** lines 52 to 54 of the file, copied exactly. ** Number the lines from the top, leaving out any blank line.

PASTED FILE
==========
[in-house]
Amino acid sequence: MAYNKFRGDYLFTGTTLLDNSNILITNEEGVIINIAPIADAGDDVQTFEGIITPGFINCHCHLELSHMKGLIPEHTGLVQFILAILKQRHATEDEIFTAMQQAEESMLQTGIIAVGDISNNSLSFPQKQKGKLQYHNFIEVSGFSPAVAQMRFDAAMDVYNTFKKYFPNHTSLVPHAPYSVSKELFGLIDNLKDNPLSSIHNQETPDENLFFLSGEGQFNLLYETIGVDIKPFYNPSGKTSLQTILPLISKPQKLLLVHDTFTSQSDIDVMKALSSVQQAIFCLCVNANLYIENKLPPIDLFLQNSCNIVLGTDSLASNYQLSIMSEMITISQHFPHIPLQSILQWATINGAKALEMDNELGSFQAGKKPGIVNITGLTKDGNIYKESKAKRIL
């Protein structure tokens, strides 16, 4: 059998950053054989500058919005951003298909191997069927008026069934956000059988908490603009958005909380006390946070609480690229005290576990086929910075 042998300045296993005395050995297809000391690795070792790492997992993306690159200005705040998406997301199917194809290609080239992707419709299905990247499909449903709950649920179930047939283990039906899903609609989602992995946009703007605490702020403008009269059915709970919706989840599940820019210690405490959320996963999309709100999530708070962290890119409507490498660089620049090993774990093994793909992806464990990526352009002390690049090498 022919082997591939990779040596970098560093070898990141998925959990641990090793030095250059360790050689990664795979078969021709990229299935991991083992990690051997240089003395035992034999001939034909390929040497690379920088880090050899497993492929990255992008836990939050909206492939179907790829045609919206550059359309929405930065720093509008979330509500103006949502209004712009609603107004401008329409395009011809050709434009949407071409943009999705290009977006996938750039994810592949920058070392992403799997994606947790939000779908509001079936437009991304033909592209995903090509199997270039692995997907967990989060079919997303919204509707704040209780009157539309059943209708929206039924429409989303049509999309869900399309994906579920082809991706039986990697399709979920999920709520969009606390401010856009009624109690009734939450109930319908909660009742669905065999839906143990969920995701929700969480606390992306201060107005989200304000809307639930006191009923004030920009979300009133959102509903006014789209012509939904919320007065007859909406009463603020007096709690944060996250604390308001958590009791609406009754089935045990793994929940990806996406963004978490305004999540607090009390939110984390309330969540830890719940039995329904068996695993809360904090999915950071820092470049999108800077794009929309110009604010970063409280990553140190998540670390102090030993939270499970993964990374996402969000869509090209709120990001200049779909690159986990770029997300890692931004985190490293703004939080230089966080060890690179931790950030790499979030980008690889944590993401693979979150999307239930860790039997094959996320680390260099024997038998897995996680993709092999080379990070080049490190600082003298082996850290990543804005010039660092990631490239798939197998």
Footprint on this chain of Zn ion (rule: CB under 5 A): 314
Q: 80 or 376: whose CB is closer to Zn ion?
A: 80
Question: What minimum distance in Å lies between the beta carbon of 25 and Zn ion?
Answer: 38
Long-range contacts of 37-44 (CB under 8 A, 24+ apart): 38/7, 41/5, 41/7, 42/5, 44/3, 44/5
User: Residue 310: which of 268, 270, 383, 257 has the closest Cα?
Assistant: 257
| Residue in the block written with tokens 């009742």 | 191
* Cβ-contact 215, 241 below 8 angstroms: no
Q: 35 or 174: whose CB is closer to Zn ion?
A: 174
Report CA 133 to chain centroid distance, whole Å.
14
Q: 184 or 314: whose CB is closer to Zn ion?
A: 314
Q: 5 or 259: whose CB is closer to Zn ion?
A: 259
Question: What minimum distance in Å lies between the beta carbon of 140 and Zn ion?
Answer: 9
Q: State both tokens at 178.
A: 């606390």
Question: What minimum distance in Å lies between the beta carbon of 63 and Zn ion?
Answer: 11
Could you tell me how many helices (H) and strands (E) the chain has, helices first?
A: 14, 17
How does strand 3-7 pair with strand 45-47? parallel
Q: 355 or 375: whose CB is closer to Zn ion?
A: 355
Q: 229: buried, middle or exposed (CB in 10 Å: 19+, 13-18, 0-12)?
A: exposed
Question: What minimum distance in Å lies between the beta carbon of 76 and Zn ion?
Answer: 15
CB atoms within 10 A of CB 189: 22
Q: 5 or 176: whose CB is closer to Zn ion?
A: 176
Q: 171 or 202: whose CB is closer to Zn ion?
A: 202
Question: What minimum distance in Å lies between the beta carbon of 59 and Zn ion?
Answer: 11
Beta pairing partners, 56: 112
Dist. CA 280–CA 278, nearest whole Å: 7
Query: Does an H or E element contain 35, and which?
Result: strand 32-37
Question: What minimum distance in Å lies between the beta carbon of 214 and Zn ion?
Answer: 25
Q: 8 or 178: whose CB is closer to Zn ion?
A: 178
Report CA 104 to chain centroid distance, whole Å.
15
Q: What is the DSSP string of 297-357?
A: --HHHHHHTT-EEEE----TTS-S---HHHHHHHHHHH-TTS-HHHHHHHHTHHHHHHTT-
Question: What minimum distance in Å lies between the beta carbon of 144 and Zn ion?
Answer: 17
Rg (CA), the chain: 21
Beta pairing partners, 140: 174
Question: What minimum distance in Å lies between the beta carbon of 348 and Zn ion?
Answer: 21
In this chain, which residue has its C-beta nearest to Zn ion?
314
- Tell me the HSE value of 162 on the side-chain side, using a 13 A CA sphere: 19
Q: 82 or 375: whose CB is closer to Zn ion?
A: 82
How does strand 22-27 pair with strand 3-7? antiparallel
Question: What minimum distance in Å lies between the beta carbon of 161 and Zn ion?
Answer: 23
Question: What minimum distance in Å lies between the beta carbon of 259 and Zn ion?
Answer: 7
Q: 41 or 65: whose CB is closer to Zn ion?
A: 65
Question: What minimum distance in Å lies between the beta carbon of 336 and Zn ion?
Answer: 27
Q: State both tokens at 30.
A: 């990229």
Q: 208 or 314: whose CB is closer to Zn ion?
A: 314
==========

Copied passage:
Report CA 104 to chain centroid distance, whole Å.
15
Q: What is the DSSP string of 297-357?